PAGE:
Read these 8 Digital Camera Memory Tips tips to make your life smarter, better, faster and wiser. Each tip is approved by our Editors and created by expert writers so great we call them Gurus. LifeTips is the place to go when you need to know about Digital Camera tips and hundreds of other topics.
Several factors affect decisions about memory card capacity. First, of course, is how much shooting you do. If you don't take many pictures, then you don't need a high-capacity card.
There are other factors, though. One key consideration is your camera's resolution. The higher the resolution, the fewer the number of picture files that will fit on any given memory card. All other things being equal, an 8 MP camera will produce much larger files than a 5 MP camera.
For example, a 6 MP camera, with an average file size of 3.60 MB (JPEG Fine setting) can save about 140 images to a 512 MB CF card. A 4 MP model, using the same setting, and with an average file size of 2.44 MB, can write about 210 image files to the same capacity card.
Another factor is the file type you shoot and the degree of compression (JPEG only). If you shoot TIFF files, you'll need large capacity cards, because TIFF files are huge. On the other hand, if you shoot at your camera's minimum resolution and save the files as JPEG's with maximum compression, you'll be able to save huge numbers of files.
For example, shooting at VGA resolution (640 x 480) and using maximum JPEG compression, the 4 MP camera above can store over 3,000 image files on a 512 MB card.
Finally, under some circumstances, your ability to download files can affect your decision. For example, if you shoot a lot of pictures when you travel, and you travel a fair amount, larger capacity cards make sense.
Sony manufactures several outstanding digital cameras. And they also manufacture their own memory device: the digital camera Memory Stick.
The latest versions of Sony's Memory Stick are Memory Stick Pro and Memory Stick Pro Duo. The Duo is the smaller of the two, being slightly thinner and 40 percent shorter. Like other media, Memory Sticks come in various capacities – in this case, up to 2 GB.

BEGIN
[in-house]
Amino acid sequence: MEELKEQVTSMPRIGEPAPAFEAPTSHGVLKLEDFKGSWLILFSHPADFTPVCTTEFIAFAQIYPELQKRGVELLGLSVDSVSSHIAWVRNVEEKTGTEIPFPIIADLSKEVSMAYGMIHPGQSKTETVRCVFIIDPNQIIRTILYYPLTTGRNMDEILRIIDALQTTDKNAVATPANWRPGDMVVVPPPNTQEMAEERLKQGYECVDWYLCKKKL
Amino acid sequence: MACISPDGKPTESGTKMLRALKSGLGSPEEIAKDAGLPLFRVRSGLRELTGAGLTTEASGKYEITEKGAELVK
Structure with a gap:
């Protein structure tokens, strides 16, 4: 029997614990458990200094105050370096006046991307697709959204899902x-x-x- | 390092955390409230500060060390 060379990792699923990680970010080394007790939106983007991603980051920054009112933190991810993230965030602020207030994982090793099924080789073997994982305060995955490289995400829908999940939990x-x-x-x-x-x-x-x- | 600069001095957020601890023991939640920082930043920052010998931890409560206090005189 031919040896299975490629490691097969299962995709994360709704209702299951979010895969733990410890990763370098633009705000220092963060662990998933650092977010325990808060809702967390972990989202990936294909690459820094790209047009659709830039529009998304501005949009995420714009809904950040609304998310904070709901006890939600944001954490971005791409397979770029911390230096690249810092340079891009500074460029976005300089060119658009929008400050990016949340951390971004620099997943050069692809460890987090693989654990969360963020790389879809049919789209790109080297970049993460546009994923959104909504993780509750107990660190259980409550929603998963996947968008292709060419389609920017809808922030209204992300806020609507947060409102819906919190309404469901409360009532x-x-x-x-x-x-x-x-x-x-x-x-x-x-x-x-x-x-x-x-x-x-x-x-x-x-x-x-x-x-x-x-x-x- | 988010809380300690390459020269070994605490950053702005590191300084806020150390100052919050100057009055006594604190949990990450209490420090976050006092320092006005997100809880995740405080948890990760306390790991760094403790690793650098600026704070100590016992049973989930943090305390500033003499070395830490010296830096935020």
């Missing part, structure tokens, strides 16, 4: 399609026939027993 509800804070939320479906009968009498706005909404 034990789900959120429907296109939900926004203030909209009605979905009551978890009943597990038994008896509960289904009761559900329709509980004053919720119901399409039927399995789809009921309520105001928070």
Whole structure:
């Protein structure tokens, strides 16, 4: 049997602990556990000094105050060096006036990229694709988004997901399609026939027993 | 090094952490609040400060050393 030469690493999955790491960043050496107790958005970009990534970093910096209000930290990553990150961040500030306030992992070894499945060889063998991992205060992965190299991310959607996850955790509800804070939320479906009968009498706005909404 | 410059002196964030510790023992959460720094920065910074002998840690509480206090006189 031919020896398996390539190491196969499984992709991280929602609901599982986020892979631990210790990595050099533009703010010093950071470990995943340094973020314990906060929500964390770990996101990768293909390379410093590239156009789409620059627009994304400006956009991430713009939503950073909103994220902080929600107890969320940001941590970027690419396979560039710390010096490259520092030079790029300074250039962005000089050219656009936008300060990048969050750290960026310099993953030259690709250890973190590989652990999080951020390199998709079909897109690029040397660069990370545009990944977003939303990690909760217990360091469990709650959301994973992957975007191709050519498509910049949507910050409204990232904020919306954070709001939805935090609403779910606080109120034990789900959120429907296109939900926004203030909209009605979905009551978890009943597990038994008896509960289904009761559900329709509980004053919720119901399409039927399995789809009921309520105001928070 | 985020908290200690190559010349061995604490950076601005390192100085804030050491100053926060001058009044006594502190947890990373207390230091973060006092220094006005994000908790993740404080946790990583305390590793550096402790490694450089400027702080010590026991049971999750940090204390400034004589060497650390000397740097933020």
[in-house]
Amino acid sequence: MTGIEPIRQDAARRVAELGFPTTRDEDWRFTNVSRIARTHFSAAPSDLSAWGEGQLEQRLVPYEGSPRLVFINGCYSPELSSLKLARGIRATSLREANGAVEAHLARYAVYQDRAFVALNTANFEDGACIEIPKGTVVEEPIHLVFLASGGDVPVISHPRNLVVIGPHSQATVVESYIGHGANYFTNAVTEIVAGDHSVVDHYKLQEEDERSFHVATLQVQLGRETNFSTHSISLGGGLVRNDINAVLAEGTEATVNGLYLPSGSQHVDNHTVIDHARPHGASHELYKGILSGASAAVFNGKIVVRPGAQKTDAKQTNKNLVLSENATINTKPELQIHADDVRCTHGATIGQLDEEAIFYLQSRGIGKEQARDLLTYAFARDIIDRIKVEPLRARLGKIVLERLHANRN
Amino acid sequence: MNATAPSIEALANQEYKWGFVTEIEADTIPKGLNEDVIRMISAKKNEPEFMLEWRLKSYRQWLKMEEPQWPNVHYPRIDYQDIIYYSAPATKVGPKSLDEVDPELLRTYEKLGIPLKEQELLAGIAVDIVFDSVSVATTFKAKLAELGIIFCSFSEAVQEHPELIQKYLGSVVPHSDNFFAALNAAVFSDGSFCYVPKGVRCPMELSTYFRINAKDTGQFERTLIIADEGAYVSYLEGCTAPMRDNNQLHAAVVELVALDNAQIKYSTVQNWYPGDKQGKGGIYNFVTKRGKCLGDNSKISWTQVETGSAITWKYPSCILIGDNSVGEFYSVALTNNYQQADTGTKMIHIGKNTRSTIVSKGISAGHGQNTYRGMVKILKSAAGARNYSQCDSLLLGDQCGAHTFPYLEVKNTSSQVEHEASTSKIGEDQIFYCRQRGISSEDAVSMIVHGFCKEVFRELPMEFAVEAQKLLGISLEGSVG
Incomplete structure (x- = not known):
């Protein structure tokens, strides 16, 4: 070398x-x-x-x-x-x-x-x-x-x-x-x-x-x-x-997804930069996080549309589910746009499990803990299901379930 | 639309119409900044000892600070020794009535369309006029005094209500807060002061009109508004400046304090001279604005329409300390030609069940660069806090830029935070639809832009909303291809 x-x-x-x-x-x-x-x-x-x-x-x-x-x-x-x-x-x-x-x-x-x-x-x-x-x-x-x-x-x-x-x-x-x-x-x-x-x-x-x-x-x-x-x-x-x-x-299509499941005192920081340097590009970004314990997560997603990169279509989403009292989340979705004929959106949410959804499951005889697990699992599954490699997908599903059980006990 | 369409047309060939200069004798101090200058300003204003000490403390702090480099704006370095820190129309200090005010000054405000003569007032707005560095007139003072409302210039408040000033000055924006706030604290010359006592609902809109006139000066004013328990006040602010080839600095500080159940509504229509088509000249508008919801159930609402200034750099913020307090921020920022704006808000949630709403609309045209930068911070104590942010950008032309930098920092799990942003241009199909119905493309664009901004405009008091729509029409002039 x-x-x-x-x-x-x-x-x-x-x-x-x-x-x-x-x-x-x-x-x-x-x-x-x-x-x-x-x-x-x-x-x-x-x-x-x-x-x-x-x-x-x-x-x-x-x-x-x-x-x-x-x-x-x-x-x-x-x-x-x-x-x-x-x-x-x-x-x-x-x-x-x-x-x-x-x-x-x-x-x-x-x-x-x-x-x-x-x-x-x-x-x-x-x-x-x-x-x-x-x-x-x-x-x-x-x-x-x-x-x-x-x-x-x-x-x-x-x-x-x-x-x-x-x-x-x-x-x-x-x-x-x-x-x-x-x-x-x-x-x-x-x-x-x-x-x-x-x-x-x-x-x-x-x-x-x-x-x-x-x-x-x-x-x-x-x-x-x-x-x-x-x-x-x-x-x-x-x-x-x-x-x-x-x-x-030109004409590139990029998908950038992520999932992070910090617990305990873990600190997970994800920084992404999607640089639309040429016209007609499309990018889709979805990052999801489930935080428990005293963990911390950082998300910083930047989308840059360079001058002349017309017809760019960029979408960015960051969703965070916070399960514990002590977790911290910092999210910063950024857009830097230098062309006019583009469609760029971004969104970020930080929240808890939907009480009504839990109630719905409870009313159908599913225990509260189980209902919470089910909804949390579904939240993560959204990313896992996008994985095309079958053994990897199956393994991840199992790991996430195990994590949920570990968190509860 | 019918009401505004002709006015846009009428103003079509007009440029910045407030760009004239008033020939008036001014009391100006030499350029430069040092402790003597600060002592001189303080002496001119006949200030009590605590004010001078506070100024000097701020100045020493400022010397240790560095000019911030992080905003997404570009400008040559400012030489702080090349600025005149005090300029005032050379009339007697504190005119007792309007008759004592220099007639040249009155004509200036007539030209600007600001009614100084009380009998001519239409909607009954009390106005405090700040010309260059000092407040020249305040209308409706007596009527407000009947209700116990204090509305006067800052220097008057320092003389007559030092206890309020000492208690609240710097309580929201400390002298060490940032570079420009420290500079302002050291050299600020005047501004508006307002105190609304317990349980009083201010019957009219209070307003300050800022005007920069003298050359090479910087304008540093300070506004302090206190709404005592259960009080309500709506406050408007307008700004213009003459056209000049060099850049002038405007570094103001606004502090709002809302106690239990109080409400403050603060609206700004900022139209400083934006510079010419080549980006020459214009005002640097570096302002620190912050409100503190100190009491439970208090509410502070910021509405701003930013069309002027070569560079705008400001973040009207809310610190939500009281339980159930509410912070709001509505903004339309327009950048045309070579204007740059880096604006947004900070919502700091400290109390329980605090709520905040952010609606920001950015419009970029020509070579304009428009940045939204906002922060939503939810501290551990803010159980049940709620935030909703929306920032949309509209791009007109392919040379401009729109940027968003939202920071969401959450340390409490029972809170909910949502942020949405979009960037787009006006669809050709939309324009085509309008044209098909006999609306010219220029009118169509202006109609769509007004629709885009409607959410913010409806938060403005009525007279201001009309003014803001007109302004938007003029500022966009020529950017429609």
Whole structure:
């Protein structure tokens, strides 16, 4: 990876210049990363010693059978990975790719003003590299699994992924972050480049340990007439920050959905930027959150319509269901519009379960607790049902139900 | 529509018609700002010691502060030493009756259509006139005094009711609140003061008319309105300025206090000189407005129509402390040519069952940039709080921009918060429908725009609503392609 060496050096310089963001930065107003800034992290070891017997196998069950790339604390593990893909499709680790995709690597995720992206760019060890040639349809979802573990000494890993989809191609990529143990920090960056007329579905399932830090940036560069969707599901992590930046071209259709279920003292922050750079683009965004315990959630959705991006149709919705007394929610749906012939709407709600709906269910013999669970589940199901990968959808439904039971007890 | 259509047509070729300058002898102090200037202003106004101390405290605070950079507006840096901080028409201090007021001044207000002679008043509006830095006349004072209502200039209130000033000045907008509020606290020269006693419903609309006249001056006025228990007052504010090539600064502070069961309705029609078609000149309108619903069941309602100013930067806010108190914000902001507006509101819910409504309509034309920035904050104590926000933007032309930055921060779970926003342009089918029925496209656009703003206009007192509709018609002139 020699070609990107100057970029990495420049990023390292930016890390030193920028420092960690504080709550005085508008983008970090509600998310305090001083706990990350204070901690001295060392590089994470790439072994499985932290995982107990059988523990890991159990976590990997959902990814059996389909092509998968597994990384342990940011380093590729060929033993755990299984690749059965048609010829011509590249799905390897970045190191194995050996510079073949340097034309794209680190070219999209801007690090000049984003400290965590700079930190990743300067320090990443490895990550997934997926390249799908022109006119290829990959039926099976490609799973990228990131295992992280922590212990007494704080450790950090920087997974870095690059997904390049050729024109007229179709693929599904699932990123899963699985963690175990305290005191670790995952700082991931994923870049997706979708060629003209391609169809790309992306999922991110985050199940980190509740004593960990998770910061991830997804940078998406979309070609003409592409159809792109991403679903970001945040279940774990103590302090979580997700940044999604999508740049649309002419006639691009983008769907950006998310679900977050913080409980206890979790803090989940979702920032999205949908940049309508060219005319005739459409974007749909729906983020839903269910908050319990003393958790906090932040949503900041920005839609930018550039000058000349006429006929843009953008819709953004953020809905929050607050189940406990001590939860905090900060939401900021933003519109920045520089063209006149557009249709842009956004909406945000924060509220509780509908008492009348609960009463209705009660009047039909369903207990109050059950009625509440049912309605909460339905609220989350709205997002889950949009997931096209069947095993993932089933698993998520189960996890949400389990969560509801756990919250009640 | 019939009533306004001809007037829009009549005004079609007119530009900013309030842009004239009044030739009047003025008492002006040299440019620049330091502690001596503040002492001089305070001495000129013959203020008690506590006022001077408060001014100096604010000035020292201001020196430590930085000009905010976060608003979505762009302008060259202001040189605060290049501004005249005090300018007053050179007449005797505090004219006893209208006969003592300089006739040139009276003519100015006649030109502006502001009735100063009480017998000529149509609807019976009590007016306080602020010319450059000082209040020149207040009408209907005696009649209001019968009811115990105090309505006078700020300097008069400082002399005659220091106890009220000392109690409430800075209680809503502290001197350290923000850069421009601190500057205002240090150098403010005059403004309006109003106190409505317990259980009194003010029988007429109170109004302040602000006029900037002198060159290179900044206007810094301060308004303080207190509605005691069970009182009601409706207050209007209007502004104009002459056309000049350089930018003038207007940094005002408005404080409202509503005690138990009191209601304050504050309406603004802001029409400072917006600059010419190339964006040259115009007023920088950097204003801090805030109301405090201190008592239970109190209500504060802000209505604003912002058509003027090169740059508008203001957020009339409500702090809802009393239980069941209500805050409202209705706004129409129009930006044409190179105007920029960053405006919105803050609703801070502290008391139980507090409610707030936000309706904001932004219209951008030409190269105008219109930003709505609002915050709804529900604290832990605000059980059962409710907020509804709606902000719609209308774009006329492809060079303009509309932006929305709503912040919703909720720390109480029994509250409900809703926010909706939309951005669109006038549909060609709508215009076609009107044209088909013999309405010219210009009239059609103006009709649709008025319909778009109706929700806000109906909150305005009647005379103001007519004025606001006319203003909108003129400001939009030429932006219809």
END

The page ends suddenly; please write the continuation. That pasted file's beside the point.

A drawback to Sony's Memory Stick is that other manufacturers' cameras won't accept them. Changing camera lines would also mean replacing your memory cards.
Another potential disadvantage is that, while CF and SD cards are now commonly available in drugstores and souvenir shops, memory Sticks aren't. If you should be away from home and need a new or replacement card, it may take some work to find one.
One of the most common digital camera memory devices is the Compact Flash (CF) memory card. CF cards are one of the older designs, but continue to serve as the workhorse card in advanced and high-end digital SLR's. They're not a good choice for compact digital camera's because of their relatively large size.
There are two types of CF card: Type I and Type II. Type II cards are 5 mm thick, while Type I cards are only 3.3 mm thick. When you're buying memory for your camera, be sure you get the correct size. (Most current models accommodate both.)
Compact Flash memory cards are available in various capacities. You can still find a few older cards that hold a mere 8 MB, but cards smaller than 256 MB are now less common. Capacities of up to 8 GB can be purchased for under $300. A new Compact Flash standard - called “CF+” – promises capacities of up to 137 GB.
CF cards are also available in varying data transfer rates. How fast data can be written to a card becomes important when working with large files – such as from 8 or 10 MP cameras – or when shooting in “burst” mode – firing several frames per second.
Some digital cameras come with built-in memory. Built-in memory is usually just a small amount and insufficient for any but the most occasional photographer.